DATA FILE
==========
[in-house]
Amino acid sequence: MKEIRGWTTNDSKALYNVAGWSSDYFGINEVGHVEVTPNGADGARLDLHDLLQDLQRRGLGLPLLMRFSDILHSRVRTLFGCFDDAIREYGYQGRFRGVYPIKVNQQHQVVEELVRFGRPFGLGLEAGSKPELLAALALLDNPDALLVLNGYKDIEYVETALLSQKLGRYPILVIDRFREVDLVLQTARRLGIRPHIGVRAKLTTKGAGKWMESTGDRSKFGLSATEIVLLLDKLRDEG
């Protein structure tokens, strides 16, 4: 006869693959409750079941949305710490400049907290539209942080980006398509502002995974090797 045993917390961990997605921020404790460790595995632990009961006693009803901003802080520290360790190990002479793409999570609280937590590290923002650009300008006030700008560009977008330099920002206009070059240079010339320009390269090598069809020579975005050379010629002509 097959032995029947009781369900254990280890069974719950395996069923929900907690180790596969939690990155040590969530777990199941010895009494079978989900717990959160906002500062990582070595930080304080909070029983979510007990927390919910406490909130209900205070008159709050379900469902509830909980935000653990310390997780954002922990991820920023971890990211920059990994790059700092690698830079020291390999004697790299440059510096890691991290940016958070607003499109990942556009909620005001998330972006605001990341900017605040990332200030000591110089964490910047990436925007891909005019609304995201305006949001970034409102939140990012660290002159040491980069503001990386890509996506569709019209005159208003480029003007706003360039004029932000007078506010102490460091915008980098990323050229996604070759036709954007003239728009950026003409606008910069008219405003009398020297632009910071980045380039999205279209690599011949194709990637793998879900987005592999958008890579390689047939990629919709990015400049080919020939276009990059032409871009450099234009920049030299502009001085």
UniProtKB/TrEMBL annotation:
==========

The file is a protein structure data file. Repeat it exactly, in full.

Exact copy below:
[in-house]
Amino acid sequence: MKEIRGWTTNDSKALYNVAGWSSDYFGINEVGHVEVTPNGADGARLDLHDLLQDLQRRGLGLPLLMRFSDILHSRVRTLFGCFDDAIREYGYQGRFRGVYPIKVNQQHQVVEELVRFGRPFGLGLEAGSKPELLAALALLDNPDALLVLNGYKDIEYVETALLSQKLGRYPILVIDRFREVDLVLQTARRLGIRPHIGVRAKLTTKGAGKWMESTGDRSKFGLSATEIVLLLDKLRDEG
């Protein structure tokens, strides 16, 4: 006869693959409750079941949305710490400049907290539209942080980006398509502002995974090797 045993917390961990997605921020404790460790595995632990009961006693009803901003802080520290360790190990002479793409999570609280937590590290923002650009300008006030700008560009977008330099920002206009070059240079010339320009390269090598069809020579975005050379010629002509 097959032995029947009781369900254990280890069974719950395996069923929900907690180790596969939690990155040590969530777990199941010895009494079978989900717990959160906002500062990582070595930080304080909070029983979510007990927390919910406490909130209900205070008159709050379900469902509830909980935000653990310390997780954002922990991820920023971890990211920059990994790059700092690698830079020291390999004697790299440059510096890691991290940016958070607003499109990942556009909620005001998330972006605001990341900017605040990332200030000591110089964490910047990436925007891909005019609304995201305006949001970034409102939140990012660290002159040491980069503001990386890509996506569709019209005159208003480029003007706003360039004029932000007078506010102490460091915008980098990323050229996604070759036709954007003239728009950026003409606008910069008219405003009398020297632009910071980045380039999205279209690599011949194709990637793998879900987005592999958008890579390689047939990629919709990015400049080919020939276009990059032409871009450099234009920049030299502009001085």
UniProtKB/TrEMBL annotation: